Today in New Delhi, India
May 22, 2019-Wednesday
New Delhi
  • Humidity
  • Wind

Another $60 billion for Africa but not for ‘vanity projects’, says Chinese President Xi

Chinese President Xi Jinping announced $60 billion in funds for eight initiatives over the next three years, in areas ranging from industrial promotion, infrastructure construction and scholarships for young Africans.

world Updated: Sep 03, 2018 20:25 IST
Sutirtho Patranobis
Sutirtho Patranobis
Xi Jinping,China,China loans to Africa
Djibouti's President Ismail Omar Guelleh, left, shakes hands with Chinese President Xi Jinping as they pose for photographs during the Forum on China-Africa Cooperation held at the Great Hall of the People in Beijing on September 3.(AP Photo)

President Xi Jinping on Monday pledged $60 billion in financing for Africa amid growing concerns about the debt trap associated with Chinese aid, saying the funds were not for “vanity projects” but to remove developmental bottlenecks.

Delivering the keynote address at a summit with African leaders, Xi wrote off the debts of some poorer countries in Africa.

The new promise of $60 billion – the same amount that China pledged at the Forum on China-Africa Cooperation (FOCAC) held in 2015 – came amid worries about China’s “debt trap” diplomacy, which Beijing has denied engaging in.

Chinese state media dismissed reports of protests against Chinese projects in Africa as only a handful of demonstrations that are a result of the Western media’s bias.

A study by the Center for Global Development, a US think tank, found “serious concerns” about the sustainability of sovereign debt in eight Asian, European and African countries receiving funds from China’s Belt and Road Initiative. Djibouti has become heavily dependent on Chinese funding after China opened its first overseas military base in the country last year and locals in other African countries have complained about the practice of using Chinese labour for building projects.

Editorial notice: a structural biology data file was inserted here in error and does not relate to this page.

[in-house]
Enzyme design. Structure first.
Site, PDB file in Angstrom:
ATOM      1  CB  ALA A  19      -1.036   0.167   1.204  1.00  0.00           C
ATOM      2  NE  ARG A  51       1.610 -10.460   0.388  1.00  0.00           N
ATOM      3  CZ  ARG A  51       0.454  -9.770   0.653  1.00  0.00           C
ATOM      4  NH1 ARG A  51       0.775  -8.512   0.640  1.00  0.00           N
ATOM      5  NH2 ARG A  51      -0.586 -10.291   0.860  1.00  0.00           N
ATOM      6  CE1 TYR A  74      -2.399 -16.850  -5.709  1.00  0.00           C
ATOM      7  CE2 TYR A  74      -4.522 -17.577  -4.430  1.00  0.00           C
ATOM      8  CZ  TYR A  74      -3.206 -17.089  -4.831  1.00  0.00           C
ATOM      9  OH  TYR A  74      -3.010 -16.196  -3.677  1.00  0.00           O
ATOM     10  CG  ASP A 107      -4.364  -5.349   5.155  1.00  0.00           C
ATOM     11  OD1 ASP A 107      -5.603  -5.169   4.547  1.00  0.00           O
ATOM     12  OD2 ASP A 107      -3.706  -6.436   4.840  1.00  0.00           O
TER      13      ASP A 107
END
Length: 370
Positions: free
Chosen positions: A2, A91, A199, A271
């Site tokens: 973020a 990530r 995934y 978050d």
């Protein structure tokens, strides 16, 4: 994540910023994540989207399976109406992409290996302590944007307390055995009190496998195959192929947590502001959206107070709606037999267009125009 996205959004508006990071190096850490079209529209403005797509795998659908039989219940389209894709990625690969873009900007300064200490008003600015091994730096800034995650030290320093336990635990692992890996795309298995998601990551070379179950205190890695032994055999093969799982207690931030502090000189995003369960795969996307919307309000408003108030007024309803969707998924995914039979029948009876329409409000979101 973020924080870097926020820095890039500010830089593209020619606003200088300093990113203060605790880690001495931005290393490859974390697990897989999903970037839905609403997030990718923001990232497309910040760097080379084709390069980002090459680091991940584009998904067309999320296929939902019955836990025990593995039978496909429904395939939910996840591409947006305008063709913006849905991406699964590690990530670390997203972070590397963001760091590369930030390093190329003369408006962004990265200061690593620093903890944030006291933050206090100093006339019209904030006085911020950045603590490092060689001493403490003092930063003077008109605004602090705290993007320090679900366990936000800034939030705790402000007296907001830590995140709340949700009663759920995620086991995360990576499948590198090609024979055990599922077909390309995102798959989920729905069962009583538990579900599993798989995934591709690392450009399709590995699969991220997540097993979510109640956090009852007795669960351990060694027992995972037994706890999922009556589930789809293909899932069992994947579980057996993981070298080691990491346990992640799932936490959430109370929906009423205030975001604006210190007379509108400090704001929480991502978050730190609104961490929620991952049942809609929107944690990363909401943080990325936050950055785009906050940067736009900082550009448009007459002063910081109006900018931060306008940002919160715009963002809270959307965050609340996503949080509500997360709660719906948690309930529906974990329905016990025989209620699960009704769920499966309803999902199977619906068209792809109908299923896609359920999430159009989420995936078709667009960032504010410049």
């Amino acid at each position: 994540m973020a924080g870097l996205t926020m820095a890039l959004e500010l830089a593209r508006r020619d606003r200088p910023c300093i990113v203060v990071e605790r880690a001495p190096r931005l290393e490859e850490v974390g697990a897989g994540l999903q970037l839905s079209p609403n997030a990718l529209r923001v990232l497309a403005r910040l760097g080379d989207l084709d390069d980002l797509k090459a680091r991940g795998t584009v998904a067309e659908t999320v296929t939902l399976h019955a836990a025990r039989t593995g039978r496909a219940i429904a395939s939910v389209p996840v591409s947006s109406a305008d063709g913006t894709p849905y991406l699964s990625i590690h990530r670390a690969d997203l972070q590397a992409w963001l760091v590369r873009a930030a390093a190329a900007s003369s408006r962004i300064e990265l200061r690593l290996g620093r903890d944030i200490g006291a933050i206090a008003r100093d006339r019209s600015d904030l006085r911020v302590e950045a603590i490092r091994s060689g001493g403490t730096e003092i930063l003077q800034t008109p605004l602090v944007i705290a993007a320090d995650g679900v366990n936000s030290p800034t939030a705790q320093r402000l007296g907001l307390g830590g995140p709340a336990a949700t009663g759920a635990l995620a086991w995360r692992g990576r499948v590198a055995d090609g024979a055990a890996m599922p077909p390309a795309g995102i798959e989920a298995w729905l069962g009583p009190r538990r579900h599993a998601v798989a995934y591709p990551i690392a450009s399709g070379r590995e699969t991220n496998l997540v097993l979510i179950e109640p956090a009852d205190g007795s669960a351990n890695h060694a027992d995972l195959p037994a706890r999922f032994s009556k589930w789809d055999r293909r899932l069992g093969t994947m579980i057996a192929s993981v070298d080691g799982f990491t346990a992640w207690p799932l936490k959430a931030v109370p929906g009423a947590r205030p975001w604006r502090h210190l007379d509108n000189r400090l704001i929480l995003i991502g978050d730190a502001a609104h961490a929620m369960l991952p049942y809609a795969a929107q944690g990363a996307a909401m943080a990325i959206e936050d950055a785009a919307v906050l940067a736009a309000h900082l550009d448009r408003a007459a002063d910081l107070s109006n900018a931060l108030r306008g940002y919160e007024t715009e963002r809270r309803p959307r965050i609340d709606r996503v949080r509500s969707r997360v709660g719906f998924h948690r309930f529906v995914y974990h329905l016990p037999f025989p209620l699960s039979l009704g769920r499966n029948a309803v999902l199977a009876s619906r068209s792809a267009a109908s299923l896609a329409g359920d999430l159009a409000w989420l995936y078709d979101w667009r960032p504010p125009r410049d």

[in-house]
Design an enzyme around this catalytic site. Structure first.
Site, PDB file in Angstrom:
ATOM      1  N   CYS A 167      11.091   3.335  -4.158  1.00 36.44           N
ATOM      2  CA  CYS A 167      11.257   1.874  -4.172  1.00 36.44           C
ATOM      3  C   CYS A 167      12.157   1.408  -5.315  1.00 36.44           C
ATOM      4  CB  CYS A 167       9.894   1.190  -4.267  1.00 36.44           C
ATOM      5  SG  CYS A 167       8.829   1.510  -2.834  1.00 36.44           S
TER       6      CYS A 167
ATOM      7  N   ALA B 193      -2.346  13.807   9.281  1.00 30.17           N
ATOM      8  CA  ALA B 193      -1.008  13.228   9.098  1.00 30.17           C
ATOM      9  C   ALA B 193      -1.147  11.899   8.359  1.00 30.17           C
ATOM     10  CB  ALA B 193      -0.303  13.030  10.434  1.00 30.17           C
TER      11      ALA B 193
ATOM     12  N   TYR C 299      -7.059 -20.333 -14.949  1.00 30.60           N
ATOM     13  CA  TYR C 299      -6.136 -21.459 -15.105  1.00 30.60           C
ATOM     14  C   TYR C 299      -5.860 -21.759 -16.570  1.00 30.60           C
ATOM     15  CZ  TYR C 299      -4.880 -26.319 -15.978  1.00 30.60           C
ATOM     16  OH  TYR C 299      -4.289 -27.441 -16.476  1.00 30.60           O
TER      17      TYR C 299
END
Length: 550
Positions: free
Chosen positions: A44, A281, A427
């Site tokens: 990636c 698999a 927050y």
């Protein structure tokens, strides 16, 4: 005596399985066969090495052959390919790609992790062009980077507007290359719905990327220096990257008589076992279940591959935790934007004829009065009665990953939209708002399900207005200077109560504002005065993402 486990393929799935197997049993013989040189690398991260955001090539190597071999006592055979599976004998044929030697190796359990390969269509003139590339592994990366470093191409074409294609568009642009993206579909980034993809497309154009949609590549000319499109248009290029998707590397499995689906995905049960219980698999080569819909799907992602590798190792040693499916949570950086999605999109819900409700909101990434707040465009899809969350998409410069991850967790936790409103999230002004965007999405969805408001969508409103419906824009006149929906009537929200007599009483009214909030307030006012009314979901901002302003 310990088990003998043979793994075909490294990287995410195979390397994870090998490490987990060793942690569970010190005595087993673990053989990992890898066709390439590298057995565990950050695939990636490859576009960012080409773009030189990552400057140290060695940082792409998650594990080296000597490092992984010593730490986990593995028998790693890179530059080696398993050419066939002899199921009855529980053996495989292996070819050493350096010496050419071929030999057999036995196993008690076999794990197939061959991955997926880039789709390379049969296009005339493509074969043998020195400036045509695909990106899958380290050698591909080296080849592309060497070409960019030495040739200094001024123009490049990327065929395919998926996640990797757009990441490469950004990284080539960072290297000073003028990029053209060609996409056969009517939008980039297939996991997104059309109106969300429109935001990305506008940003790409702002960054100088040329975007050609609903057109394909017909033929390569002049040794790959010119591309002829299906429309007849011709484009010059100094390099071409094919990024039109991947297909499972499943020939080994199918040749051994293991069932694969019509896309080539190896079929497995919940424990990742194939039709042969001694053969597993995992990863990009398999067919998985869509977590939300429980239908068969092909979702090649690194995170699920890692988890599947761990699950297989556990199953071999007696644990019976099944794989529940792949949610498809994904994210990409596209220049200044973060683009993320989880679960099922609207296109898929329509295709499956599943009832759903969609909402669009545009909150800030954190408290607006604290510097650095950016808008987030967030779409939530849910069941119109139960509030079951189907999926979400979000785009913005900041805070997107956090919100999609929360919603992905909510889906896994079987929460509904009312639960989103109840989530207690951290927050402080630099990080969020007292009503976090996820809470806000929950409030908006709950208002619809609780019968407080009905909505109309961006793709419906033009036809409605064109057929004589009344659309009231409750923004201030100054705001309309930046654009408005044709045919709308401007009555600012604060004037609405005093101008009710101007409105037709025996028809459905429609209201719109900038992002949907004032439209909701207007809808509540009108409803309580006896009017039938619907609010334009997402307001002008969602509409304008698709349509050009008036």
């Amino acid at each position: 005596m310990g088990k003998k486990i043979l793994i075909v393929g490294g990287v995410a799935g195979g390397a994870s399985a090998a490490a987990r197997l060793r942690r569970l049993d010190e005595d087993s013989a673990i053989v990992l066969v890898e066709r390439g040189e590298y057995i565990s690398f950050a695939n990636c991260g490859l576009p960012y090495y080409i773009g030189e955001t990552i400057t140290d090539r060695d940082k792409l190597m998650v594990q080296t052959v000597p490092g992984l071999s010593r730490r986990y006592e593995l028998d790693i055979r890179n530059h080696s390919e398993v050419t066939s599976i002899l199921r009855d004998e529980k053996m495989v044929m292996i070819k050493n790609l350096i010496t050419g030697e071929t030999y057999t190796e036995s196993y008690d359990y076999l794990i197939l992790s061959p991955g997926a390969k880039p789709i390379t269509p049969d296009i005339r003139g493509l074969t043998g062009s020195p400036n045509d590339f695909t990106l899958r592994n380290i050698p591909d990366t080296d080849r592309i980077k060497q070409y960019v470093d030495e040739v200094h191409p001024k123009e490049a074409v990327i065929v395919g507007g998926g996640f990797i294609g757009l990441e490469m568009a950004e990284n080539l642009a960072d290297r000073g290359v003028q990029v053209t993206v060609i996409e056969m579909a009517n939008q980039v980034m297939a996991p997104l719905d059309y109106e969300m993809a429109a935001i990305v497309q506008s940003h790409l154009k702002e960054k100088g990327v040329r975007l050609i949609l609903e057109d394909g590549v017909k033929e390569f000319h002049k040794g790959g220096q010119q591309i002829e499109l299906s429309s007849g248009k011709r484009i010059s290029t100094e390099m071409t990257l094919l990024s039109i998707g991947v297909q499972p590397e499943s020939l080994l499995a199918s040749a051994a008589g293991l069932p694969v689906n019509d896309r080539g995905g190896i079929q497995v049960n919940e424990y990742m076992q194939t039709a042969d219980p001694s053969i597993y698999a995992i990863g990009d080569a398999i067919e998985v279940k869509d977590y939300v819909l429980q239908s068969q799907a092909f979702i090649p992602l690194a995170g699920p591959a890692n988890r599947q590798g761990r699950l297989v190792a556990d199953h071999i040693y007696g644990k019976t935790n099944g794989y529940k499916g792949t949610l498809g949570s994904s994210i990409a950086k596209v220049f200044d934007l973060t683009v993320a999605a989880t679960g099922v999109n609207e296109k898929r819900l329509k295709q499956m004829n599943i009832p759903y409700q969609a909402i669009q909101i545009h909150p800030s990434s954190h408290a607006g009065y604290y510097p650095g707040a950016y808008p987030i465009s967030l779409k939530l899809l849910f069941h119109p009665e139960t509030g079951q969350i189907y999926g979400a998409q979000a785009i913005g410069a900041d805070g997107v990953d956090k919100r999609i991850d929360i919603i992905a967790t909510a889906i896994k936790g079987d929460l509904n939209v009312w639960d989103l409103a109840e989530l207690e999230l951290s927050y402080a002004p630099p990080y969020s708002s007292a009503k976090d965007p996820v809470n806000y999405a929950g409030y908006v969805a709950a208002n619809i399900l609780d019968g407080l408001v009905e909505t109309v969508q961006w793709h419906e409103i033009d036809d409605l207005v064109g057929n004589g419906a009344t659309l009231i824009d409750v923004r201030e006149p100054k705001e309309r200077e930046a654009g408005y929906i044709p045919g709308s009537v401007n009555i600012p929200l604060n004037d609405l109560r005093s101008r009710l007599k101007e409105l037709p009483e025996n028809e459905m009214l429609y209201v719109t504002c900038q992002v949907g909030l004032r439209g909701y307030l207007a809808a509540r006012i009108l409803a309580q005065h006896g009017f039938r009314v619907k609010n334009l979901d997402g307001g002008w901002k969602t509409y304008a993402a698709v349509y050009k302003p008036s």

Addressing African leaders at the Great Hall of the People, Xi outlined details of where the money will flow and debt waivers for poorer countries.

“The financing includes $15 billion of grants, interest-free loans and concessional loans, $20 billion of credit lines, the setting up of a $10 billion special fund for development financing, and a $5 billion special fund for financing imports from Africa,” Xi said in his speech.

“Chinese companies are also encouraged to make at least $10 billion of investment in Africa in the next three years.

“Government debt from China’s interest-free loans due by the end of 2018 will be written off for indebted poor African countries, as well as for developing nations in the continent’s interior and small island nations.”

Xi added: “China-Africa cooperation must give Chinese and African people tangible benefits and successes that can be seen, that can be felt.”

He said Beijing will set up a “China-Africa peace and security fund” and continue providing free military aid to the African Union.

Speaking at a separate business forum, Xi warned that the money should not be used for “vanity projects”.

“China’s cooperation with Africa is clearly targeted at the major bottlenecks to development. Resources for our cooperation are not to be spent on any vanity projects but in places where they count the most,” he said.

Xi also promised the development in Africa will be green and sustainable.

China’s contention that it stands for Africa’s development and is not out to “colonise” the continent for its abundant resources found strong support from South African President Cyril Ramaphosa. Speaking at the summit, Ramaphosa said the meeting “refutes the view that a new colonialism is taking hold in Africa, as our detractors would have us believe”.

Reuters reported every African country is represented at the business forum, apart from eSwatini, Taiwan’s last African ally that has so far rejected China’s overtures to ditch Taipei and recognise Beijing.

Besides Ramaphosa, Egypt’s Abdel Fattah al-Sisi, Zambia’s Edgar Lungu and Gabon’s Ali Bongo are among the leaders attending the summit. So is Sudan’s controversial President Omar al-Bashir.

Bashir, in power for nearly 30 years, is wanted by the International Criminal Court for war crimes over killings and persecution in Sudan’s Darfur province between 2003 and 2008.

First Published: Sep 03, 2018 16:57 IST